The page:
|Getting on board: Outdoor advertising's manic week of global deal-making|
|Australian Financial Review,
by Max Mason And Sarah Thompson||09 Jul 2018|
|Marketing & Media - Page 33 - 1808 words - ID 979495343 - Photo: Yes - Type: News Item - Size: 909.00cm2|
Inside the deal Four CEOs in three countries pulled off two big wins.
As Danielle Decaux celebrated her 80th birthday, she watched her son JeanFrancois, now co-chief executive of the French outdoor advertising giant she and her late husband Jean-Claude built pursue one of the biggest transaction's in the company's history. And it was all the way on the other side of the globe.
JCDecaux's $1.2 billion deal to buy Australia's APN Outdoor capped off a manic week in the outdoor advertising sector. Here, There & Everywhere's Adshel was also in play, meaning there were four chief executives in three different countries hashing out negotiations to crunch a deal.
"It was probably the best birthday present I could give to my mother," Jean-Francois told the The Australian Financial Review.
"They both started the company. My father was a bill poster, and my mother was helping him to stick paper posters on billboards. They built the company together. When I was able to announce the transaction had been approved by the board she was delighted."
All understand the deals aren't over the line yet The Australian Competition and Consumer Commission is set to pour over JCDecaux's takeover of APN Outdoor as well as oOh!media's $570 million acquisition of Adshel.
JCDecaux is no stranger to the Australian market It chose an organic growth path after establishing a presence ahead of the 2000 Sydney Olympics. That didn't mean it didn't take the odd glance - it ran the ruler over APN Outdoor in 2014 before it listed. But four years later, it could no longer afford to ignore consolidation in Australia's outdoor advertising sector or a chance to get into the billboard market dominated by APN Outdoor and oOh!media.
JCDecaux, APN Outdoor, oOhlmedia and Adshel are the four largest players in the Australian out-of-home advertising sector. The outdoor sector makes up just 6.1 per cent or about $1 billion, of me total advertising pie in Australia of about $17.3 billion, according to PricewaterhouseCoopers.
In Europe, JCDecaux enlisted Goldman Sachs chairman of investment banking Francois-Xavier de Mallmann, commonly known as FX. In Australia, Goldman Sachs head of investment banking services Zac Fletcher, head of technology, media and telecommunications Adrian Lee and Sydney-based Herbert Smith Freehills partner Rebecca Maslen-Stannage were on board.
After it became clear Adshel was on the block and APN Outdoor was running hard at it with a bid in late May, JCDecaux needed to act quickly. It assembled its bid team and began work on Project Opera.
For his own run at Adshel, and his quick pivot to engage with JCDecaux, APN Outdoor chief executive James Warburton would enlist long-time advisers Cadence Advisory managing director Garren Cronin and associate director Tom Stevens, Aliens partners Tom Story and Julian Donnan. Later Morgan Stanley's Robert Mete and Luke Boeg would also be drafted in to what was dubbed Project Torch.
Warburton had returned to the media sector with APN Outdoor on January 22 following a four-year stint at Archer Capital's V8 Supercars.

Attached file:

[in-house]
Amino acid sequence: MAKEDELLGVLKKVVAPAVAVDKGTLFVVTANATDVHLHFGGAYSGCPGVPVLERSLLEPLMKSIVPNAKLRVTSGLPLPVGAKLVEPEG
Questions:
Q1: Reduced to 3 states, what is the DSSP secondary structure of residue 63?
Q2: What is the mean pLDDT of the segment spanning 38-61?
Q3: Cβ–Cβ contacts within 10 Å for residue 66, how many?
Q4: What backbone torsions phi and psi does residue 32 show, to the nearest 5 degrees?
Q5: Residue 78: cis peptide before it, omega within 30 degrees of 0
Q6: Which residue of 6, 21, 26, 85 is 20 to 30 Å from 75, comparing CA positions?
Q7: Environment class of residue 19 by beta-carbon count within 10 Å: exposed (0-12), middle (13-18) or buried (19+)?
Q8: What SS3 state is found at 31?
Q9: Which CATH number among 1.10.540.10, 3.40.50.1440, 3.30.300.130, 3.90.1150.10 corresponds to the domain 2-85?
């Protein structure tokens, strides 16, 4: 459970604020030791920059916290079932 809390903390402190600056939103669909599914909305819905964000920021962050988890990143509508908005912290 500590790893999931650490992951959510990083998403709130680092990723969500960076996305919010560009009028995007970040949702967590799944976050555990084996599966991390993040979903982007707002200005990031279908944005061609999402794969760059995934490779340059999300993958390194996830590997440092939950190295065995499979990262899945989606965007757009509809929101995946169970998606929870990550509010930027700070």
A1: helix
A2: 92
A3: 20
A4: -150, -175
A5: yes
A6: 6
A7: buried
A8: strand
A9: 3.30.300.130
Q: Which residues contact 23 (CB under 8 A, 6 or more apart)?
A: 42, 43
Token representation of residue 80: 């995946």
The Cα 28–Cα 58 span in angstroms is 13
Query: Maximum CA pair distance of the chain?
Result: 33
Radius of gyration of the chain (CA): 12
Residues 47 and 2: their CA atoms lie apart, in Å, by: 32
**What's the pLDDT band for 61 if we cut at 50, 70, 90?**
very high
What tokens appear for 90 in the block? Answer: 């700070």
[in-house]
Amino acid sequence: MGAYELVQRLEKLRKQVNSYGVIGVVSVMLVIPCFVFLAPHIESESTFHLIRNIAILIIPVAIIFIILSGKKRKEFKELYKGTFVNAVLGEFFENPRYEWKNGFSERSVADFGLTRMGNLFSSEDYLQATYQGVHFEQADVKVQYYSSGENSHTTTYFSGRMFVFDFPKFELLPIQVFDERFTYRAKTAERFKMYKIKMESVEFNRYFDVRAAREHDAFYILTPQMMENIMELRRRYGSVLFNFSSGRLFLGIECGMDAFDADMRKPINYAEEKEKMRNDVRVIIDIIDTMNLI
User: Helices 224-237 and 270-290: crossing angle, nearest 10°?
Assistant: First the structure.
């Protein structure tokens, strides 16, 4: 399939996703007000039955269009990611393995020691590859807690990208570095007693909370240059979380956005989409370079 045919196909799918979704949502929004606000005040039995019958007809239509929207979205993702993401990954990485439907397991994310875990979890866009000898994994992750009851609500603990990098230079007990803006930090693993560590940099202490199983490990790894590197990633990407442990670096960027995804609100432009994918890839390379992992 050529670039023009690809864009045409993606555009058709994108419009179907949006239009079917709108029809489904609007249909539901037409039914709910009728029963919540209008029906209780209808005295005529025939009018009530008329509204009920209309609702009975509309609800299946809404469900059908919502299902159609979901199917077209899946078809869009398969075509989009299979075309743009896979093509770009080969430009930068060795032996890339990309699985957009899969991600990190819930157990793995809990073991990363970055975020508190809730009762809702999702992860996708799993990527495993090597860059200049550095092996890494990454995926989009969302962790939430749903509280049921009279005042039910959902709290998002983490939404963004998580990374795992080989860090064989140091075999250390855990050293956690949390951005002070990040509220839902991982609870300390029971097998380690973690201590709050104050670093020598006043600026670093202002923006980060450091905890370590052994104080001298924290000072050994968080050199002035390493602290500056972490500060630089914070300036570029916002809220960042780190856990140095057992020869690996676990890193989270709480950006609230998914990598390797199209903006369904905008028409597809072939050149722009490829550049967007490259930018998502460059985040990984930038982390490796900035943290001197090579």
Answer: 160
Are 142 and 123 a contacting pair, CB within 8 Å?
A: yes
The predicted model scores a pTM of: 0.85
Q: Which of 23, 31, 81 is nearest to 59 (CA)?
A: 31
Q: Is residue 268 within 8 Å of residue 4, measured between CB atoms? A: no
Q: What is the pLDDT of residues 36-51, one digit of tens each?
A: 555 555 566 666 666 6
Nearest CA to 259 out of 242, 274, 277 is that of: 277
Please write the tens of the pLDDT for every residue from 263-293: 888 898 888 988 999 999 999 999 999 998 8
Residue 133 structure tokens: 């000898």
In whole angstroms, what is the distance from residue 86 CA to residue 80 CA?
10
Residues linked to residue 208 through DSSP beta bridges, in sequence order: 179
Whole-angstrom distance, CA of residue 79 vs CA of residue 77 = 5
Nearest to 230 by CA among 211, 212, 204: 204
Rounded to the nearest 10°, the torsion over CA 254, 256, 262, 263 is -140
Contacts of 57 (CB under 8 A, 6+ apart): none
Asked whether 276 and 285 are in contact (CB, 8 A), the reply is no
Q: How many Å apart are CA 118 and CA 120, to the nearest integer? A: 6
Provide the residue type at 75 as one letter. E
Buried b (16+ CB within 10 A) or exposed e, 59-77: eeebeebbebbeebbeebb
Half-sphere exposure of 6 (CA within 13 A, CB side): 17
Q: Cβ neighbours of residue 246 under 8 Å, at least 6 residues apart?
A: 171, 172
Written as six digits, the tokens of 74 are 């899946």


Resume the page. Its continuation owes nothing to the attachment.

The former Network Ten boss and senior Seven West Media executive made clear he wanted to make a big impact in the outdoor sector by building up APN Outdoor. The company had struggled without a CEO for much of 2017 after the exit of long-time boss Richard Herring in September 2017.
Herring's departure originally was due to a planned merger with rival oOh! media but he continued out the door even when that deal was nixed.
Warburton was candid about the company's need to do better when he took the job. APN Outdoor upgraded its guidance in May, following contract wins and renewals, and its shares were up nearly 40 per cent in the three months before JCDecaux's approach.
"It's real credit to the APN team," Warburton said on June 26 after the deal was agreed. "There are a lot of good people here, they don't lose their ability, they just lose their confidence, it's just been about putting it back."
When APN Outdoor presented to JCDecaux late on Friday, June 22, oOh! media chief executive Brendon Cook was at lunch in London with his son, daughter-in-law and grandson, taking calls as his team in Sydney went through the final contracts on his long sought-after deal to buy Adshel, known internally as Project Hyperion.
Cook founded oOh!media, then known as Outdoor Network Australia, in 1989 and has made the company one of the driving forces of consolidation in the sector, as well as comfortably more than doubling its share price since its second float in 2014. It was previously acquired and delisted in 2012 by Champ Private Equity. Cook had long coveted Adshel.
Street furniture was one of the missing pieces for oOh!media when Cook and his executive team drew up a plan of where they should expand the business in 2011 However, Adshel and JCDecaux, who have the lion's share of the street furniture segment of outdoor advertising, had both not been for sale given their ownership structures.
That all changed in 2016, when HT&E, then known as APN News & Media, bought out the 50 per cent of Adshel it didn't already own for $268 million from its international partner Clear Channel Outdoor Holdings.